The work of Massimo Bartolini (b. 1962, Cecina) conjures a particular energy between the gallery space and the viewer. Using both artificial and natural materials, he creates installations of heightened sensory intensity, interweaving sounds, images and light effects. He has created evocative spaces suffused with perfume, or others distorted by elevating the floor. Landscape is a recurring theme in his work – for the artist a landscape is a space of abstraction as much as nature, a site of meditation on permanence and impermanence. During an exhibition, the artist often transforms the gallery into a metaphorical landscape, permeated by cultural and biographical elements.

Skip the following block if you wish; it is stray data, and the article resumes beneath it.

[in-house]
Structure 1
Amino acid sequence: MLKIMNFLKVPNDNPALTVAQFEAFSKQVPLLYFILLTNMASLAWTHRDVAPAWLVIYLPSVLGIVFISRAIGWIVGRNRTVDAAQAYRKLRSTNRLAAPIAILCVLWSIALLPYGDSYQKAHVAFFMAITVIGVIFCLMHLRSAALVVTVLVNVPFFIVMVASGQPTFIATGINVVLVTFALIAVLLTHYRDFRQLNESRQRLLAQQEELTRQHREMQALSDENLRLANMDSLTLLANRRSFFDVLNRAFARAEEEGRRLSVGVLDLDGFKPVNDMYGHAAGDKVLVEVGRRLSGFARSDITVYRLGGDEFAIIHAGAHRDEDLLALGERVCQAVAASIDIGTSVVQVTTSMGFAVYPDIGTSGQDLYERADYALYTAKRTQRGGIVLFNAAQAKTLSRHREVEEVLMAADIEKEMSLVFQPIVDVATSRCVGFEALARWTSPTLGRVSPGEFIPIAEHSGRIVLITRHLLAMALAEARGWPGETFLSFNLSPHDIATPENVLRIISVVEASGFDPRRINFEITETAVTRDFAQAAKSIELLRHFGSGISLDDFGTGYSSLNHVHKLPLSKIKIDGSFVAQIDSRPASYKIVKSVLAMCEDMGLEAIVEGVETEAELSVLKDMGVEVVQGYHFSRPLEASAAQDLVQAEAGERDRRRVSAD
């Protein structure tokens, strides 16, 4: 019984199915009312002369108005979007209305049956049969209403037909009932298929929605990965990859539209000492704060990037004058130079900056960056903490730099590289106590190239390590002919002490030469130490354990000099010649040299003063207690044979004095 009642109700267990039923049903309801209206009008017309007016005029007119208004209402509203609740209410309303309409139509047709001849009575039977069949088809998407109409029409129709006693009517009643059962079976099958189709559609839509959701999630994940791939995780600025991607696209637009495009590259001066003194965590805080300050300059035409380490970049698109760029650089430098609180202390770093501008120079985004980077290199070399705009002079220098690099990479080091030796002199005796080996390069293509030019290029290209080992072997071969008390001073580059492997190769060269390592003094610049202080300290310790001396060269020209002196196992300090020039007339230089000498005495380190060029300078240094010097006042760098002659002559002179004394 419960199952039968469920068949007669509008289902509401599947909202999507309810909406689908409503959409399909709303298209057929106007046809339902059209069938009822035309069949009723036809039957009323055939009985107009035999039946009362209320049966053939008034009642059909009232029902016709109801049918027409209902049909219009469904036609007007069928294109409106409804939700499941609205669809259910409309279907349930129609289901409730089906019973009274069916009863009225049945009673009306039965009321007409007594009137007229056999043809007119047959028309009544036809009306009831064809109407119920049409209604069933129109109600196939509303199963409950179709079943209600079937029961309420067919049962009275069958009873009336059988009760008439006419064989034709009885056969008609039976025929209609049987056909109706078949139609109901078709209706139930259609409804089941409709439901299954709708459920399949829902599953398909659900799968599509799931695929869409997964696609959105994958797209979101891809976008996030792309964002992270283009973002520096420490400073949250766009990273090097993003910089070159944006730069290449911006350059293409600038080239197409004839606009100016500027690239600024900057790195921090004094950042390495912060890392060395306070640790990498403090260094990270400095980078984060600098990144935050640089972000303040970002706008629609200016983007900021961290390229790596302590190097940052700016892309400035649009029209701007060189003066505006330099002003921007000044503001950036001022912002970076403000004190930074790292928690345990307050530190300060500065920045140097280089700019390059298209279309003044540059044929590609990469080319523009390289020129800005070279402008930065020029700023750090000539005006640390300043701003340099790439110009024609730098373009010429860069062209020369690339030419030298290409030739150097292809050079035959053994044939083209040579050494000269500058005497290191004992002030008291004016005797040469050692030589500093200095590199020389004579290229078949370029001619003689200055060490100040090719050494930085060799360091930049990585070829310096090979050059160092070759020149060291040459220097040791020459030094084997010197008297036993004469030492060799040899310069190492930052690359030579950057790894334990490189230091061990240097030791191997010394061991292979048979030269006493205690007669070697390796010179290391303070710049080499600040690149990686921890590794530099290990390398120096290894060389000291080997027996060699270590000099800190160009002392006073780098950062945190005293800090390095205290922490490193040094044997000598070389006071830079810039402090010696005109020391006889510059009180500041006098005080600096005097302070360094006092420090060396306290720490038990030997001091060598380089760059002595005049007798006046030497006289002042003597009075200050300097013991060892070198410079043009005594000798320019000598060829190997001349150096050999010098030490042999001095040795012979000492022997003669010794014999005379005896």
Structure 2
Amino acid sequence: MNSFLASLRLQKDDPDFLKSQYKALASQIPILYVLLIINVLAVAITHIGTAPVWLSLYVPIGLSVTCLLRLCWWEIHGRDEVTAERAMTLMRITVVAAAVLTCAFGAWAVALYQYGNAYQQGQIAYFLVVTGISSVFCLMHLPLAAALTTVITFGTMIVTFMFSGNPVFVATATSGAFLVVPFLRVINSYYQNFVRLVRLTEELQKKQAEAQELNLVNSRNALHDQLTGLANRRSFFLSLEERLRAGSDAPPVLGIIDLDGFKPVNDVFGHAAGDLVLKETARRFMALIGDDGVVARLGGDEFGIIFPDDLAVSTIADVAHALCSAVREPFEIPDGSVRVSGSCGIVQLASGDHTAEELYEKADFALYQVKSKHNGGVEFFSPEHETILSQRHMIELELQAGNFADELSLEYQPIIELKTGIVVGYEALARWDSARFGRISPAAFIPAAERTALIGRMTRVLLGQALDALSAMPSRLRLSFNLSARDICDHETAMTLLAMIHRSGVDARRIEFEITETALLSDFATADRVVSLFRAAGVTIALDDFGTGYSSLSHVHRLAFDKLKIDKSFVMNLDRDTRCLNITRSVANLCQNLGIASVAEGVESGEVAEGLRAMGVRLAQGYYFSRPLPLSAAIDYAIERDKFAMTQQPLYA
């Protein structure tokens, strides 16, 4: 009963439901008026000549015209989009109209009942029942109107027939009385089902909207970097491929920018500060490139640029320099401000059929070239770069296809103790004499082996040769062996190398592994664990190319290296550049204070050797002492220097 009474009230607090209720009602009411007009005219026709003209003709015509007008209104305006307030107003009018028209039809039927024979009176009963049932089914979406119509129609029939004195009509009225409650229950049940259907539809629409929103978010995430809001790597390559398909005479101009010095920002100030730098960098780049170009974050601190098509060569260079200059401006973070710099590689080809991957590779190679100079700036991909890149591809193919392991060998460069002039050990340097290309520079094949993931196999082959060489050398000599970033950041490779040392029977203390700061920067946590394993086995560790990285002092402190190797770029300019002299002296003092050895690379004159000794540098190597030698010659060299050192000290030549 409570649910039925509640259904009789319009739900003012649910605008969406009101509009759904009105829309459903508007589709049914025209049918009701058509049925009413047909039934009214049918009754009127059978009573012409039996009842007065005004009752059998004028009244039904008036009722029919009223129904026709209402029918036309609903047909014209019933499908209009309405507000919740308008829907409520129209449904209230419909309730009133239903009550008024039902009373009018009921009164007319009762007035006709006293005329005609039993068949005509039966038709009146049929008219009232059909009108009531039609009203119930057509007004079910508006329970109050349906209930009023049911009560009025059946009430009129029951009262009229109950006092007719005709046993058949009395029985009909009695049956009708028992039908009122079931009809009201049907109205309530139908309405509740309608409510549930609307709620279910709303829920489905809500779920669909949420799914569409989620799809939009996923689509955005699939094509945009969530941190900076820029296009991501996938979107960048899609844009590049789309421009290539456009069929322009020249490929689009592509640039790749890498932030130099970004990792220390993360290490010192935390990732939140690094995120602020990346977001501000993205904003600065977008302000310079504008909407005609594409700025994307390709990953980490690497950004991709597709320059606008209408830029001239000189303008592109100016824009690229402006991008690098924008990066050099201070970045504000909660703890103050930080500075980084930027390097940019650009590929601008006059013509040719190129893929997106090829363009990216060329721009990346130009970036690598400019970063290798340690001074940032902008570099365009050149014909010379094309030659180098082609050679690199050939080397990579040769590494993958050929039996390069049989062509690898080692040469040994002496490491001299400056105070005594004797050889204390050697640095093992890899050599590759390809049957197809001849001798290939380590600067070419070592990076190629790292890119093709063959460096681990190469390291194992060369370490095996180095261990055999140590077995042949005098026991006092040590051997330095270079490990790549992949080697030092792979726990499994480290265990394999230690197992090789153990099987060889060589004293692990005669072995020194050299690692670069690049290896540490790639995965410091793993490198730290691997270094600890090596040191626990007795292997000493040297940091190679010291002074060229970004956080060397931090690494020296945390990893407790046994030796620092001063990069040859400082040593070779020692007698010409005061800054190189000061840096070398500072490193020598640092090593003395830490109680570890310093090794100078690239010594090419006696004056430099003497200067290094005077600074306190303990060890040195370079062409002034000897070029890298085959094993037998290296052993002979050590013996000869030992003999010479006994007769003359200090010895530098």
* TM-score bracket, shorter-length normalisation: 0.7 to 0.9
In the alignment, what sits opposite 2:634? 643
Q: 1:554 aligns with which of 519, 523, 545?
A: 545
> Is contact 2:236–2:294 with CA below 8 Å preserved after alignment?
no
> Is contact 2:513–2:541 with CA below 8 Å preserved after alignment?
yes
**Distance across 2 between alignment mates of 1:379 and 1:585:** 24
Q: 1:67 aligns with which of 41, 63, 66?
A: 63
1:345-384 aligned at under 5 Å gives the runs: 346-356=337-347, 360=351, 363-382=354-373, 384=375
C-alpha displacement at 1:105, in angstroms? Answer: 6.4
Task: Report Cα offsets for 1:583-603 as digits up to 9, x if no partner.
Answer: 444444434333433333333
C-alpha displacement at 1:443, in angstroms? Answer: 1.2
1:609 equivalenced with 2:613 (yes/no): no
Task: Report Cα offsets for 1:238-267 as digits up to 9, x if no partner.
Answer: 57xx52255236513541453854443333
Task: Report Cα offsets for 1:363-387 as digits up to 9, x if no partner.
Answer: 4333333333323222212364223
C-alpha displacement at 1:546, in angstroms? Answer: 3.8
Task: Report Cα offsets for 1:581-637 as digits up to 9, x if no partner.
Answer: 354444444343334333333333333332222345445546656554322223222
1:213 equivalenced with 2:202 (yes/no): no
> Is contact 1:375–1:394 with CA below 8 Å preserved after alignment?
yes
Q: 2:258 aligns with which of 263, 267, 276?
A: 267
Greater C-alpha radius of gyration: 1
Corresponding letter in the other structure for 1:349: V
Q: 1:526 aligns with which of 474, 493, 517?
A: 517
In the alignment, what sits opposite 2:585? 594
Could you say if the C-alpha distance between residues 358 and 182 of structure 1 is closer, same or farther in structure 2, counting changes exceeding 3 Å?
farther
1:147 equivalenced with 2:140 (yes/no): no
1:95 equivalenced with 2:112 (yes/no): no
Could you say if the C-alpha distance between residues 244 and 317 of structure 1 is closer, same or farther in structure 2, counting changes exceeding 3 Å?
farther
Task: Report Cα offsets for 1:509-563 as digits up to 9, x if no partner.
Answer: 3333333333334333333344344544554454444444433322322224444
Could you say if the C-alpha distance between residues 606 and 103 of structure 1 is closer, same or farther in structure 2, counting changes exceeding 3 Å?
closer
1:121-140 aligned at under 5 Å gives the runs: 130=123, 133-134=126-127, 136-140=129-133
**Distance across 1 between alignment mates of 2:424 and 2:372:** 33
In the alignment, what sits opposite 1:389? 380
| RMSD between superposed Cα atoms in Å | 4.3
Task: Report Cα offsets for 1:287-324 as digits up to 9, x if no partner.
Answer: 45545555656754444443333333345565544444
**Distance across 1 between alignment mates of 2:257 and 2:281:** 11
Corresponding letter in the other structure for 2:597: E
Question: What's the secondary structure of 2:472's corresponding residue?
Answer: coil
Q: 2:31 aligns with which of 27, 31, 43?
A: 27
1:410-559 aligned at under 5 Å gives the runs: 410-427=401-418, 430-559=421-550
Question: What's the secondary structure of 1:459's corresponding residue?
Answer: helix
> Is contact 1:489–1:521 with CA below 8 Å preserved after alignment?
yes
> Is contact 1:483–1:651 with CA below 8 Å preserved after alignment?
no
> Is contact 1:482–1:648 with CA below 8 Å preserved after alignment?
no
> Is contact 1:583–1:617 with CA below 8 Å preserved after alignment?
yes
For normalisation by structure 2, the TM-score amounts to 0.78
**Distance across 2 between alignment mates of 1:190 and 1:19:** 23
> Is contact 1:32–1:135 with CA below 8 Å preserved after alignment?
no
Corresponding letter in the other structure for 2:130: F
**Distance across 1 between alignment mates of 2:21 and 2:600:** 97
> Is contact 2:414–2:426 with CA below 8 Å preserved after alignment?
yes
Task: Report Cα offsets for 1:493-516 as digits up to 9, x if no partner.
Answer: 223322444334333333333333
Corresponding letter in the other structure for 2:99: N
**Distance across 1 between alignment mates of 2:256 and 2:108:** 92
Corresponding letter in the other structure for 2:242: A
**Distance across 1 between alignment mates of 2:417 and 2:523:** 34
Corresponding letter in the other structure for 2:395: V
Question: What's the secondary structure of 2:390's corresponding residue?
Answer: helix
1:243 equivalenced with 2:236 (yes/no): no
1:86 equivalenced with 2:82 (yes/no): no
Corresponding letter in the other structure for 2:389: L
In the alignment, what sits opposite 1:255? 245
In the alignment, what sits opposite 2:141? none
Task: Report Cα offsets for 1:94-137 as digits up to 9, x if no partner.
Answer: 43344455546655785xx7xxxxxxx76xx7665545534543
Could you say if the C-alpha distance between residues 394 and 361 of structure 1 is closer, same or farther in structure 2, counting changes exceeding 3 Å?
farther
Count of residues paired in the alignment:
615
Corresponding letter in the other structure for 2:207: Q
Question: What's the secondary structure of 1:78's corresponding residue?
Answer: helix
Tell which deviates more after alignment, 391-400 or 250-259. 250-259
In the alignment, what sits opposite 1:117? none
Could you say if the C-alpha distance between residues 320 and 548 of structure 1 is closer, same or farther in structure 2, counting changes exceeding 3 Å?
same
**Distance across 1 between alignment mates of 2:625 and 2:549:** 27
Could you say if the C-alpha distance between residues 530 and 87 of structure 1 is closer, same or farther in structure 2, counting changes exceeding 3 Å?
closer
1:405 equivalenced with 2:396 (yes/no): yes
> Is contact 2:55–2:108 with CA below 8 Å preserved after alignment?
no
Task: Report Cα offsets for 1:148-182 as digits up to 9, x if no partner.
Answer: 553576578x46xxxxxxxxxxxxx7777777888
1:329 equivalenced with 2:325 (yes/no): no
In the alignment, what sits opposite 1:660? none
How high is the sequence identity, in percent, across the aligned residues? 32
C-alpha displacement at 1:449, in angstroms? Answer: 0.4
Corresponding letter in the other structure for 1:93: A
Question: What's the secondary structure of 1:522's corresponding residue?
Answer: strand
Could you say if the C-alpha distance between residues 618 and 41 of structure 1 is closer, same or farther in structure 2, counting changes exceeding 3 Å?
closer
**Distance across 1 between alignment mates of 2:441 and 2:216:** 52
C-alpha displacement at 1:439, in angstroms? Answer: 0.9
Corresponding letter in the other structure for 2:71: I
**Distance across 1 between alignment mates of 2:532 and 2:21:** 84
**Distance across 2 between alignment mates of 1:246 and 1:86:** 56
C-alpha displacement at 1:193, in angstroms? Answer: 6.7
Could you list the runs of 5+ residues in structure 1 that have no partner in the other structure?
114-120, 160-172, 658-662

Water often features in Bartolini’s work – an element that symbolises for the artist the eternal renewal of life. Untitled (Wave) (2000), which was exhibited at MoMA PS1 and at Documenta 13, is an outdoor installation in the form of a controlled wave, constantly in motion in a confined space. Bartolini’s Dew series (2013–ongoing) are delicate abstractions, often marked by a horizon, that have a calm, almost monochrome appearance. Yet a closer inspection reveals a surface that the artist has treated with an artificial dew, giving the impression that the paint might evaporate – and the artwork transform – at any moment. Music is another recurring motif for the artist. The exhibition Four Organs (2017), at Turin’s Fondazione Merz, was devoted to a selection of Bartolini’s sculptural works that produce their own highly individual compositions.